Sharing apps draw students

Businesses that use the sharing economy model say students are ideal employees.

Jonathan Tvedt

With school in session, many students are on the lookout for part-time work in order to earn extra cash to pay for books or to make extra spending money for the weekends. 
 
Companies like Uber, Bellhops and Lyft — which are based on the sharing economy concept that promotes renting or borrowing rather than buying and owning items — provide flexible schedules and self-management that some say might appeal to college students.
 
“[Students] would much rather claim a few jobs a week than get on payroll with a set schedule,” said Cameron Doody, co-founder of Bellhops, an app-based moving company tailored to young people that embraces the sharing economy concept. “Companies like Uber don’t necessarily need training. You have a clean driving record, and you should be able to work for them.” 
 
He said the business, which can be found on more than 150 campuses nationwide, exclusively hires college students.
 
Bellhops joins companies such as Uber and Lyft, which also use the sharing economy model to appeal to people in need of a quick service or job but don’t have the means or resources to do it themselves. 
 
“It’s great for people to make extra income … they could use to make extra money outside of the jobs they normally have,” said Mallory Narang, a former Lyft driver and founder of the sharing economy business, Dishcourse.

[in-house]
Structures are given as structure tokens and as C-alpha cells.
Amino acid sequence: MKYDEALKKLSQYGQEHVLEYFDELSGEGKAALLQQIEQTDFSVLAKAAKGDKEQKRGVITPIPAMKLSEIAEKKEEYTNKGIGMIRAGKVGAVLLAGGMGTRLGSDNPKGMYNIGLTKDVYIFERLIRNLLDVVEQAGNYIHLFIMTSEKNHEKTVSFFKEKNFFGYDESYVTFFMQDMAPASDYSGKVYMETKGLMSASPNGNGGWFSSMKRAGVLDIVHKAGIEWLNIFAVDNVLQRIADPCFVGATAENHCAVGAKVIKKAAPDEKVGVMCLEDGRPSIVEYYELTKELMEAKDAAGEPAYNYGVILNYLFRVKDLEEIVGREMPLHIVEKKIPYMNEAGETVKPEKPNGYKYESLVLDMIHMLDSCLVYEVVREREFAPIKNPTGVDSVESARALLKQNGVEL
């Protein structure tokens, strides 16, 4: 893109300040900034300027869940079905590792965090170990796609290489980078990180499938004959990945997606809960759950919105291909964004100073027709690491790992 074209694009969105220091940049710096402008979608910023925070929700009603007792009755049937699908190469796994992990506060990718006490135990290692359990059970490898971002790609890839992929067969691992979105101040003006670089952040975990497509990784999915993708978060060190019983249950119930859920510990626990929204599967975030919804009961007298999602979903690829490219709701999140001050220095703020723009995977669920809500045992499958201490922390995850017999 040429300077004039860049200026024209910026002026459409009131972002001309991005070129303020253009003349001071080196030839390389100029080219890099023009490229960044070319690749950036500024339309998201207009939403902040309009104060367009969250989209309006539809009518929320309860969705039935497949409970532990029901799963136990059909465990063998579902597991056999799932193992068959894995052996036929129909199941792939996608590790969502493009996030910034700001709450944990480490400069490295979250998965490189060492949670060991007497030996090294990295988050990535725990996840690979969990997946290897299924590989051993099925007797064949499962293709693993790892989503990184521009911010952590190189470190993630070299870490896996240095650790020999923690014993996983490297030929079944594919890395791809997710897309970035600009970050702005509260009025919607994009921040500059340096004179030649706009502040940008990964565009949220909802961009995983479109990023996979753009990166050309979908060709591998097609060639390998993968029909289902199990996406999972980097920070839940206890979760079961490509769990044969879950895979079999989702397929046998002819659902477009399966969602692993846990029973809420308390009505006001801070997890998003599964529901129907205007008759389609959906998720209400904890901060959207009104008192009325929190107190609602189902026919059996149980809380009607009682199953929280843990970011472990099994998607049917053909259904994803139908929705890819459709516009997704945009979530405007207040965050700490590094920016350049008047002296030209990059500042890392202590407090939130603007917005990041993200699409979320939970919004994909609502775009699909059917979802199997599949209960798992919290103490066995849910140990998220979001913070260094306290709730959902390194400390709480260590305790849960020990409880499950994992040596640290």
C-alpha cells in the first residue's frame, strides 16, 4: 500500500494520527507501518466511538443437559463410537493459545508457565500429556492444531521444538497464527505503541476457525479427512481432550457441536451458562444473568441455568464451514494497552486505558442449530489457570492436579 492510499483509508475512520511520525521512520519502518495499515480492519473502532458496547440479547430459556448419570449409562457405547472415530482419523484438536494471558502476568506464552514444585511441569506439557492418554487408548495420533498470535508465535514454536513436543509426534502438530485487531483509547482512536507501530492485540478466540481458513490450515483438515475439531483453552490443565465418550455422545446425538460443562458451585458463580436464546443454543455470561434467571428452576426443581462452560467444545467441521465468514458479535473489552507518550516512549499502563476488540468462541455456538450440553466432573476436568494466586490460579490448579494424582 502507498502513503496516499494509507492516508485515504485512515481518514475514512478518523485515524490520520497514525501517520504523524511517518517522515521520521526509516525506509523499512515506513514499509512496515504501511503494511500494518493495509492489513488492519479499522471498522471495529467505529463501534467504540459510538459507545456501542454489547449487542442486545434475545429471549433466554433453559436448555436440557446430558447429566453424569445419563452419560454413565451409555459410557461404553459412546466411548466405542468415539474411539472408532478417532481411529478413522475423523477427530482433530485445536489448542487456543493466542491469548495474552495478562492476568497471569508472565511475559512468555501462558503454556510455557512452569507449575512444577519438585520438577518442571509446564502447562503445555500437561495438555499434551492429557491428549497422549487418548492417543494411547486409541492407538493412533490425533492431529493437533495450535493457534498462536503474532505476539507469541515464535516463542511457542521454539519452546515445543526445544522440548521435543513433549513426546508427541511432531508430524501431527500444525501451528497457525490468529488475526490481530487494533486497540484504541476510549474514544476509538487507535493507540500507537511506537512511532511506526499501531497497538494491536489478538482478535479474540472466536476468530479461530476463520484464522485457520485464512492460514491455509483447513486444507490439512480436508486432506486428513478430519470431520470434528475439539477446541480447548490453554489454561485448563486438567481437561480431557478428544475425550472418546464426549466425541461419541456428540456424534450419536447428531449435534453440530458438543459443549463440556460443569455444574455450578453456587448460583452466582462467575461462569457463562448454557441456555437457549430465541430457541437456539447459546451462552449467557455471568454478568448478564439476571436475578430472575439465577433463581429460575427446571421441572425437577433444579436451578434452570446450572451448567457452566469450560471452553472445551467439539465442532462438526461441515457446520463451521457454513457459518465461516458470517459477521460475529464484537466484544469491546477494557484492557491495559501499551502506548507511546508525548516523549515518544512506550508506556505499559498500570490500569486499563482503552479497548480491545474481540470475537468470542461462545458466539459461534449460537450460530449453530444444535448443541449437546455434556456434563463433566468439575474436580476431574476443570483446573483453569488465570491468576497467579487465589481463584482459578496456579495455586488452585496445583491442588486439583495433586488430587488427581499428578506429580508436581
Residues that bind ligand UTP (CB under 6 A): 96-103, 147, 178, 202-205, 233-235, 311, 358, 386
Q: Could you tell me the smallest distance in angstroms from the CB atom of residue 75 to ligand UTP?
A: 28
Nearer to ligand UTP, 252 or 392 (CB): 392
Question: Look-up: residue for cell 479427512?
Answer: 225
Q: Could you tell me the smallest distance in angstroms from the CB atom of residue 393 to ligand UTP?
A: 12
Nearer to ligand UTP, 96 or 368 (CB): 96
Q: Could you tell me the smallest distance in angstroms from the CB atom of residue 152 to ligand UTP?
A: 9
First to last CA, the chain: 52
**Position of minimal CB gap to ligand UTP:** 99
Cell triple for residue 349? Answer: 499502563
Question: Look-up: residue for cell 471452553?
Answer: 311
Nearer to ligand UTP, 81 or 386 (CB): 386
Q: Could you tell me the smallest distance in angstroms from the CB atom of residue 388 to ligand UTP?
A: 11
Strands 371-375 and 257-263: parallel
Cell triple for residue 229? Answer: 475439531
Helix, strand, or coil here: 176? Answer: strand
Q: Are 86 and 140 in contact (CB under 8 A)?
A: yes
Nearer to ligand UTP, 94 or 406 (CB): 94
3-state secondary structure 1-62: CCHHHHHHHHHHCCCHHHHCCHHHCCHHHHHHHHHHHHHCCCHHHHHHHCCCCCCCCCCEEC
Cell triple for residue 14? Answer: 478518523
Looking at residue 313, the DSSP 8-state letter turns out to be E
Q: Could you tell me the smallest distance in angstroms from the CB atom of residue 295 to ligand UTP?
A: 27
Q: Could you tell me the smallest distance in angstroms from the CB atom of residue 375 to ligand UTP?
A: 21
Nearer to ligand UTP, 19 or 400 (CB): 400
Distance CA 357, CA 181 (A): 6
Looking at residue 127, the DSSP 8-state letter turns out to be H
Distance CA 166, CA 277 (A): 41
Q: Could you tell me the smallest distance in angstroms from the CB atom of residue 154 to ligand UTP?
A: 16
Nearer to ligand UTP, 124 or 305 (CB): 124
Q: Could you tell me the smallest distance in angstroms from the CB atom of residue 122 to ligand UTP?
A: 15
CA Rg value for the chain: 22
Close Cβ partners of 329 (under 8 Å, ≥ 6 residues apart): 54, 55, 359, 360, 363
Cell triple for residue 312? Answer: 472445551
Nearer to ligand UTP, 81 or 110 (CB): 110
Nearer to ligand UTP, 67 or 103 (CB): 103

Narang, who is also a part-time MBA student at the University, said these jobs may be attractive to students, but a lack of contracts, possible safety concerns and tax issues are potential risks to consider when working in the shared economy industry. 
 
“Be cautious. It’s easy money, but you want to plan for taxes. Students don’t know what makes an independent contractor different from an employer relationship,” Narang said, noting that a lack of employment benefits can also make these ventures difficult to rely on as a sole source of income.
 
Despite the risks, she said students still have the chance to benefit from working with those companies because of the flexibility. 
 
Jaime Moore, an Uber spokeswoman, said the sharing economy business model aims to provide customers with simple and reliable service.
 
Doody said these types of businesses are eager to hire students. 
 
And as the sharing economy model continues to thrive, he said students should continue to be an ideal employee demographic. 
 
“Students are ambitious. They aspire to be more,” Doody said. “We catch them in a time where they’re happy to be a hero in the situation.”